You’ll have to get used to the controls as the buttons are reversed but once you’ve gotten over that bit of stupidity its fairly easy to pull off the numerous attacks at your disposal. Using simple button combinations will enable different moves and spells and the variety is pretty large for a brawler. In addition by holding down the attack button you can charge up one of three elemental attacks that are pretty devastating. The cool thing is aside from the charge time you can spam them as much as you want! New spells are learned through scrolls found throughout the game with the option to switch them around between levels; some trial and error is required here due to the language barrier.

While Renny Blaster starts out as a well accomplished brawler there is a sudden shift in tone and design about a quarter of the way through that is unnecessary and hurts the game overall. The city streets and airports of its early stages give way to gothic cathedrals, clock towers and castles that wouldn’t look out of place in a certain Konami series. The ill-advised swerve in that direction also means the enemies change to follow suit and the combat system is clearly not set up for you to deal with enemies brandishing weapons. If you are using Fujiro be prepared for much aggravation since you’ll have to take damage to get in range to deal punishment. As Seishiro your attacks deal little damage and have such a long wind up that most enemies will simply block. There’s usually one attack that each enemy is susceptible to but be prepared to chip away at these bastards for a while towards the end. There’s also some light platforming that, while inoffensive, seems really out of place in the game.

I don’t know why the tonal shift happened but it leaves the game feeling like the generic clone its art suggests rather than the inspired beat em up it starts out as. The game would have turned out far better if it stayed the course with an even difficulty curve as stronger enemies are introduced. As it is it will remind you of the far better games that it obviously drew inspiration from.

Regardless of my frustration with the reversed controls the game overall is insanely easy. Most enemies barely inflict any damage with their hits allowing you to ascertain the best attack to take them out easily. Most levels aren’t heavily populated so combat is minimal. Health restoring food is usually placed after the challenging bouts with the more troublesome enemies, not that you’ll need it. The game conveniently refills your life bar after moving on to the next level segment. The mid and end level boss battles are the only areas that put up a fight but can be brute forced provided you have extra lives as you respawn immediately. The whole game can be completed in a little over an hour but with four endings decided by your choice of characters through the game there is some slight replay value but not much.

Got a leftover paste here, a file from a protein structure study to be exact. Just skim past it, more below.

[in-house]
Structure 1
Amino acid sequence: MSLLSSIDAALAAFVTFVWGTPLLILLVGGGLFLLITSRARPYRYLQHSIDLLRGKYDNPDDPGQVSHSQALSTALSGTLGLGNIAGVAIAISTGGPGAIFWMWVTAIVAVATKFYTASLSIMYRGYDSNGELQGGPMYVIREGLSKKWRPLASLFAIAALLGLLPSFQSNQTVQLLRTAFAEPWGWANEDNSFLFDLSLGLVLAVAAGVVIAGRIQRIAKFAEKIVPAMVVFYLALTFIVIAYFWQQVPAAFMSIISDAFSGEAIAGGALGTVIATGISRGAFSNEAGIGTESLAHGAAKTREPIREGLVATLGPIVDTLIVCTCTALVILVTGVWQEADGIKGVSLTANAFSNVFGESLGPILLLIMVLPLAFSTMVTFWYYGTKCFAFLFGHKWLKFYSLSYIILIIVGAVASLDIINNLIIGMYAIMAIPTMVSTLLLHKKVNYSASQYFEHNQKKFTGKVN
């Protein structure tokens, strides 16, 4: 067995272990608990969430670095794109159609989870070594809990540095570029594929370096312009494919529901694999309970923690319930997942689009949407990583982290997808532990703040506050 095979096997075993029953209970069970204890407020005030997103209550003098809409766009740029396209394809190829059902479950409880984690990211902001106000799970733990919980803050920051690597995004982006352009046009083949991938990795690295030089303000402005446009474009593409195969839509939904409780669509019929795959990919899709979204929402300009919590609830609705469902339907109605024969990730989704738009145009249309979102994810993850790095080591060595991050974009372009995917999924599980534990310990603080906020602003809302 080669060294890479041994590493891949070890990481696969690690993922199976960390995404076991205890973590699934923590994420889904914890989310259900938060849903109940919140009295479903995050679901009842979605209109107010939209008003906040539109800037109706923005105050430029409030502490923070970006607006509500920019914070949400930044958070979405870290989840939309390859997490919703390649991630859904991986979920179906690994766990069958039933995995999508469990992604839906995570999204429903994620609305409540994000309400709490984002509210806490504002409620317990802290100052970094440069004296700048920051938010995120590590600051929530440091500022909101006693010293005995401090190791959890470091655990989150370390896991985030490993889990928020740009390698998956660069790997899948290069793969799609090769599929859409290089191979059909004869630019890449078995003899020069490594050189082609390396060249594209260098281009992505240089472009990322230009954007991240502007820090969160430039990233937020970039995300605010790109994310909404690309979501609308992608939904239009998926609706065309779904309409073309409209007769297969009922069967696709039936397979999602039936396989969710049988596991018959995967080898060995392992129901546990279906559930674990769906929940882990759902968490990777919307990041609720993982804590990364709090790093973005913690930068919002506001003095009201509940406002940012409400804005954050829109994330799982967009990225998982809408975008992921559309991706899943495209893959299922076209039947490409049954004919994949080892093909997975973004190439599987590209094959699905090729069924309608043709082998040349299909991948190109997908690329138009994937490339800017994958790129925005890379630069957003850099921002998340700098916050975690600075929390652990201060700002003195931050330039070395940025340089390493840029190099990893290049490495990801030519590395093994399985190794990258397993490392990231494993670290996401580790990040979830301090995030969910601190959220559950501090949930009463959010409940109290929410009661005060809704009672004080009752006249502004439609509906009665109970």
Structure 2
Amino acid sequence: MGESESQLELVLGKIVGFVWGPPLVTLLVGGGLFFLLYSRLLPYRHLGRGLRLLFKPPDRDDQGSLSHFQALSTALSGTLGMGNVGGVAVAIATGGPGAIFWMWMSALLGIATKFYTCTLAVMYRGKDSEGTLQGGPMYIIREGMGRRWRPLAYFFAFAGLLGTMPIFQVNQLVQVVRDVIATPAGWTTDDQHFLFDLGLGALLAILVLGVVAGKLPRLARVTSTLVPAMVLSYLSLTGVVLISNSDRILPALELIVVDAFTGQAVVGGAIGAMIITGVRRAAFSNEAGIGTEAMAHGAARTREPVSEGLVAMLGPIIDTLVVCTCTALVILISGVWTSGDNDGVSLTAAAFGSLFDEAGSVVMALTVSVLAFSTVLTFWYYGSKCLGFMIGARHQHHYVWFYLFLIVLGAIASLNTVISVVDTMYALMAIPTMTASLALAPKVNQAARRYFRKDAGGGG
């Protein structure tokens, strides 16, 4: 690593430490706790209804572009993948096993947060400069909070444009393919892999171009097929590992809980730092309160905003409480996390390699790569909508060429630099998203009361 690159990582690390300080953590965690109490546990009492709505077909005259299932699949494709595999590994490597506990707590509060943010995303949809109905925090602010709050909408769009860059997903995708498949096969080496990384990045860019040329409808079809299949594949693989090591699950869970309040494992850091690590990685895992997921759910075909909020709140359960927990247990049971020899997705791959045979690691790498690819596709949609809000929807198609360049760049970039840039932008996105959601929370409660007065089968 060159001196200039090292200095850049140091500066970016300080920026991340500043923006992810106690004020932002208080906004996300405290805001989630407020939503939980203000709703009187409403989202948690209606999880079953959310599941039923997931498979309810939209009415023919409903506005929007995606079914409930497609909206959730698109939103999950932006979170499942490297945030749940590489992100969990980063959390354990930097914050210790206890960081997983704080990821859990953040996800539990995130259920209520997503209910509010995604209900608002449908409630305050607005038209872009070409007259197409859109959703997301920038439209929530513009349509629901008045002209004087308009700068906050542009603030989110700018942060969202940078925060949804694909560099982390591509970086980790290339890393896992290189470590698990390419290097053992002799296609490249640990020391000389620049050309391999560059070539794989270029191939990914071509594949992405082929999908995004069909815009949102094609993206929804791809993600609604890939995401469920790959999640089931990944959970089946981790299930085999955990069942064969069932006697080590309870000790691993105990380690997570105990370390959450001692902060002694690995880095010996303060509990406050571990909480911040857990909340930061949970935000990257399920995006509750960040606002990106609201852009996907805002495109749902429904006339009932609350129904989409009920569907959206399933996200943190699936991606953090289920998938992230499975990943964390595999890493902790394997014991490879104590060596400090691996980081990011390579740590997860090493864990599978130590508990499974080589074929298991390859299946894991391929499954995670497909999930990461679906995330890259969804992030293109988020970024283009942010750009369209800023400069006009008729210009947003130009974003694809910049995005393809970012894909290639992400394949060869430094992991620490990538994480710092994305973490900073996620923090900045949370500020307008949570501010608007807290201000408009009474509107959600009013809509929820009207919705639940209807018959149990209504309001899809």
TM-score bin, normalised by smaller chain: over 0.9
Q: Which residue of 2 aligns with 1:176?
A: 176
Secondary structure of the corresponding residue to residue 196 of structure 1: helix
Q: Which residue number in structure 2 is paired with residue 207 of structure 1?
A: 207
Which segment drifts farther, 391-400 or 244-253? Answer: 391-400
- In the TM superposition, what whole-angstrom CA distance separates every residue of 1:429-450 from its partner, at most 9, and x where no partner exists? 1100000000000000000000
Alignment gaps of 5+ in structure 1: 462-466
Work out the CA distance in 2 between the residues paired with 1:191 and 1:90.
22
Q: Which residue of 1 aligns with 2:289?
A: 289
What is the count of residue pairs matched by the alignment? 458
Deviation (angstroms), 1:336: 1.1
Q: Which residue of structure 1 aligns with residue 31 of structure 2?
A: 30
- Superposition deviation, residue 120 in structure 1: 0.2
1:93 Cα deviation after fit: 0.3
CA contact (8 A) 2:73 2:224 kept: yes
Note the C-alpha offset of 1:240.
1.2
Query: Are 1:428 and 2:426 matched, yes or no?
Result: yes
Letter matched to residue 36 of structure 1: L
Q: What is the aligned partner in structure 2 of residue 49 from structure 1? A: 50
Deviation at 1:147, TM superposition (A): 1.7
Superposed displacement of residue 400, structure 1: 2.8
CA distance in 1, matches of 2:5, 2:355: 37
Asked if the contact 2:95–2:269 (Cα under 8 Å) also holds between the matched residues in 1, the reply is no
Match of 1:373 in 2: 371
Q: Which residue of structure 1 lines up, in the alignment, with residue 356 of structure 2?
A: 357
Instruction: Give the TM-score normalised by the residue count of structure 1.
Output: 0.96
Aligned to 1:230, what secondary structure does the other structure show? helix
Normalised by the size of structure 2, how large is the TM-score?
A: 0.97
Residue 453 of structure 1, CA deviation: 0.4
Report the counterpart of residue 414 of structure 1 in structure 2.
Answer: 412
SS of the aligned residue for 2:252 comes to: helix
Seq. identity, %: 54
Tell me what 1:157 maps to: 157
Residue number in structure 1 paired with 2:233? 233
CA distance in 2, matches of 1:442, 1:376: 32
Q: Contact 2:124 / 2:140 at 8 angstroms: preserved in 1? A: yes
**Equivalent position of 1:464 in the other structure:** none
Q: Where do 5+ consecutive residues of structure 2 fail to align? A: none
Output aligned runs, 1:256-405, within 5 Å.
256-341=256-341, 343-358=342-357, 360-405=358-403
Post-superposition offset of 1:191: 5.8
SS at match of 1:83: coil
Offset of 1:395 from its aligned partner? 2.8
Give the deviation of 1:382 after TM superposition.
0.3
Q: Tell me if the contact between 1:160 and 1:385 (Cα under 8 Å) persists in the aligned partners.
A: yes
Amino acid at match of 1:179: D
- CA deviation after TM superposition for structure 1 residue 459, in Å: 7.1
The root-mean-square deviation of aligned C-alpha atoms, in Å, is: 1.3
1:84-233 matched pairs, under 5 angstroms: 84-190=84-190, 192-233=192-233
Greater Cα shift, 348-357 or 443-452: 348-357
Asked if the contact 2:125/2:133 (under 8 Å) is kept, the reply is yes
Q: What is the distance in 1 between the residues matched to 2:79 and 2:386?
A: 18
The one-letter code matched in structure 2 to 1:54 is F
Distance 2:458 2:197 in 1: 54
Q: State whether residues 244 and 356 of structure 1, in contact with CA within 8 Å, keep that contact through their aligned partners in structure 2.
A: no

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Visually the game is uneven and definitely does not seem like a late era release for the platform. The art itself is well done with incredibly detailed backgrounds although the lack of any scrolling is really inexcusable considering the system was in its twilight years. There’s a noted shift in the game’s tone as the environments become more gothic and derivative of Castlevania with the enemies following suit. The sprite work leaves something to be desired as the animation on enemies is stilted. The lengthy cut scenes feature exquisite art that looks fantastic although there is no animation aside from slow pans of the camera. The soundtrack is also excellent, full of creepy macabre tunes that set the appropriate mood. There’s an extensive amount of voiced dialogue that unfortunately is lost on non-Japanese speakers.

Good production values however do not make a good game however. Renny Blaster has some interesting gameplay ideas that are executed well but unfortunately the game itself is not good enough to support them. If the game were significantly cheaper maybe I could recommend it but the exorbitant price you’ll need to pay to own it means you are better off playing something else like Kaze Kiri or Rondo of Blood.

6-out-of-10-1

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Crusader of Centy

While RPGs were not as plentiful on the Genesis the ones it did receive were generally excellent. Everyone is aware of Phantasy Star and the Shining series but the system’s action RPGs enjoy a lower profile. Crusader of Centy was a late 1994 release that snuck onto store shelves with little fanfare. That is unfortunate as it is an excellent little hidden gem that serves as a perfect Sega counterpart to A Link to the Past. Fans of the genre should definitely track this down.

In the town of Soleil by law all boys that come of age at 14 (!) are required to gear up and train for battle. On Corona’s 14th birthday he receives his father’s sword and shield and sets out to follow in his dad’s footsteps. Unfortunately his simple ambition will eventually place him at the center of the centuries long conflict between humans and monsters, one that will force him to learn some harsh truths about the world in the process.